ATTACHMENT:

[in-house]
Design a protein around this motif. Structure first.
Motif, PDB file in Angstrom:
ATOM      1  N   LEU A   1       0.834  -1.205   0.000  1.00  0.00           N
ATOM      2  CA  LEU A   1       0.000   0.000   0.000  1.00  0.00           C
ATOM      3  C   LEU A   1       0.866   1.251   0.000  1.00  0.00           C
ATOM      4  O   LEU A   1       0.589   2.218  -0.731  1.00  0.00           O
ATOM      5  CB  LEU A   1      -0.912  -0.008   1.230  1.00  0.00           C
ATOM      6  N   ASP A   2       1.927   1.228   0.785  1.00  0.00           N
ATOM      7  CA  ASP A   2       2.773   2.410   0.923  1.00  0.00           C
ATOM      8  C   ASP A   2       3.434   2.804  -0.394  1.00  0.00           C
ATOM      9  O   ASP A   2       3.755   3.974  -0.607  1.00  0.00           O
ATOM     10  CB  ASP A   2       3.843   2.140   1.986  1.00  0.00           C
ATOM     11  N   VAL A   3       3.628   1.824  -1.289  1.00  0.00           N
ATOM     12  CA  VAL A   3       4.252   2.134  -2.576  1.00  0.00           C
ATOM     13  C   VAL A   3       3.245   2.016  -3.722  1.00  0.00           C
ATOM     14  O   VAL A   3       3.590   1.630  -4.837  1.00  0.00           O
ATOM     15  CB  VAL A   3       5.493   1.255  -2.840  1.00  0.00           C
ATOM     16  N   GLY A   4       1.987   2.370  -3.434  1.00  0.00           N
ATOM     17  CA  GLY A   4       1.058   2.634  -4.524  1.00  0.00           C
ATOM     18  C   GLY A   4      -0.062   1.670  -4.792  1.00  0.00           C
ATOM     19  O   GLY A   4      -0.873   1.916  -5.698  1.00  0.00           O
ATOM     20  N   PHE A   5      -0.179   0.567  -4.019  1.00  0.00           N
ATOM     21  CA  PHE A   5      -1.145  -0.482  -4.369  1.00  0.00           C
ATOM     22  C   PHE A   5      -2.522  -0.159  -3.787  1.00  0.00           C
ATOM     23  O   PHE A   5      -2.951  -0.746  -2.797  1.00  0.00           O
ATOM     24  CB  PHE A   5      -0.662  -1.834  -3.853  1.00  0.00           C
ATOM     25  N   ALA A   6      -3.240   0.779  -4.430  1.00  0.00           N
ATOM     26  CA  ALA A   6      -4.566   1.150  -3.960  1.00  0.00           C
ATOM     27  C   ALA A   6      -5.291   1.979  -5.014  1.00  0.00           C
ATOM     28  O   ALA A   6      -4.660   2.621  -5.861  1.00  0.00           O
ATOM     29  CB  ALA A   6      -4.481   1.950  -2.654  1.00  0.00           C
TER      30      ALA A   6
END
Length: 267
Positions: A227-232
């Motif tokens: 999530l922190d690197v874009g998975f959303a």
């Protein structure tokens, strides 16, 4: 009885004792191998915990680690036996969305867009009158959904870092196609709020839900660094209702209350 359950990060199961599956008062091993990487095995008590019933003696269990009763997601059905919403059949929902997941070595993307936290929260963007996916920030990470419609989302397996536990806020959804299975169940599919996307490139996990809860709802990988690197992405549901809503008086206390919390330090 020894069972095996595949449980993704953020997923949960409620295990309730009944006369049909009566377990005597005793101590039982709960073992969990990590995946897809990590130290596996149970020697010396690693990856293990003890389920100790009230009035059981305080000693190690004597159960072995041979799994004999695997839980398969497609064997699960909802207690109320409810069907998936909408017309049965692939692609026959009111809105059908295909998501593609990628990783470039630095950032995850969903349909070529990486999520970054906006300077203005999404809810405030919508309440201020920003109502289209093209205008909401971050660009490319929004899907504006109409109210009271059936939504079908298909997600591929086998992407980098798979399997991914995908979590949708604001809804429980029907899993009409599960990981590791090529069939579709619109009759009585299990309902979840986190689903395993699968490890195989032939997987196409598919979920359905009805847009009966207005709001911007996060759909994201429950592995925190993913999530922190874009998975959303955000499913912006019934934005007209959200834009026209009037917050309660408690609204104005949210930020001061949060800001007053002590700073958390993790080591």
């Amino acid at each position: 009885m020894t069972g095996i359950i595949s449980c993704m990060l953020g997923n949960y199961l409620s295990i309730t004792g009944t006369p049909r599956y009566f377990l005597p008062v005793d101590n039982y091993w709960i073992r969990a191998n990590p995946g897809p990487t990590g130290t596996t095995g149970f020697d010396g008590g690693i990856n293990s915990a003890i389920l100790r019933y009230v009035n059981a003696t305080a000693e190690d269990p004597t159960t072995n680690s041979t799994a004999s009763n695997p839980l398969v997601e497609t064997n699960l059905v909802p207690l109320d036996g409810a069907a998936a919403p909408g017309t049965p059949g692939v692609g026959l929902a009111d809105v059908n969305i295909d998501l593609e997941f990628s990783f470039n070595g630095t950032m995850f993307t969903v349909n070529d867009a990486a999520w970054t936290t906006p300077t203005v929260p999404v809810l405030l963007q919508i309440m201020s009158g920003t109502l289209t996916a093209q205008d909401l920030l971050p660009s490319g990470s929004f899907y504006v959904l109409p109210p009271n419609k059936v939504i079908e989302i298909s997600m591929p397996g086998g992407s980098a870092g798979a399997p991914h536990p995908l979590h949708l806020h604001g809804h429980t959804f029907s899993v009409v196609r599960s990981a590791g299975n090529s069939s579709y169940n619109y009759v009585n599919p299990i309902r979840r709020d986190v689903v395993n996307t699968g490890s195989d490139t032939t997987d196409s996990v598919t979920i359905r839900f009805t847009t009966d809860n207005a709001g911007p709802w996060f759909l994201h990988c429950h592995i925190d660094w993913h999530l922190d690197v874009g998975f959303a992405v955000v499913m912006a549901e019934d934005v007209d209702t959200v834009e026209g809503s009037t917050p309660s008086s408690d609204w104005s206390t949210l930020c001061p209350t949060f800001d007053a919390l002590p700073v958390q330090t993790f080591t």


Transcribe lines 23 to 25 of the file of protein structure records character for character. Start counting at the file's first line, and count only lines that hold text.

ATOM     20  N   PHE A   5      -0.179   0.567  -4.019  1.00  0.00           N
ATOM     21  CA  PHE A   5      -1.145  -0.482  -4.369  1.00  0.00           C
ATOM     22  C   PHE A   5      -2.522  -0.159  -3.787  1.00  0.00           C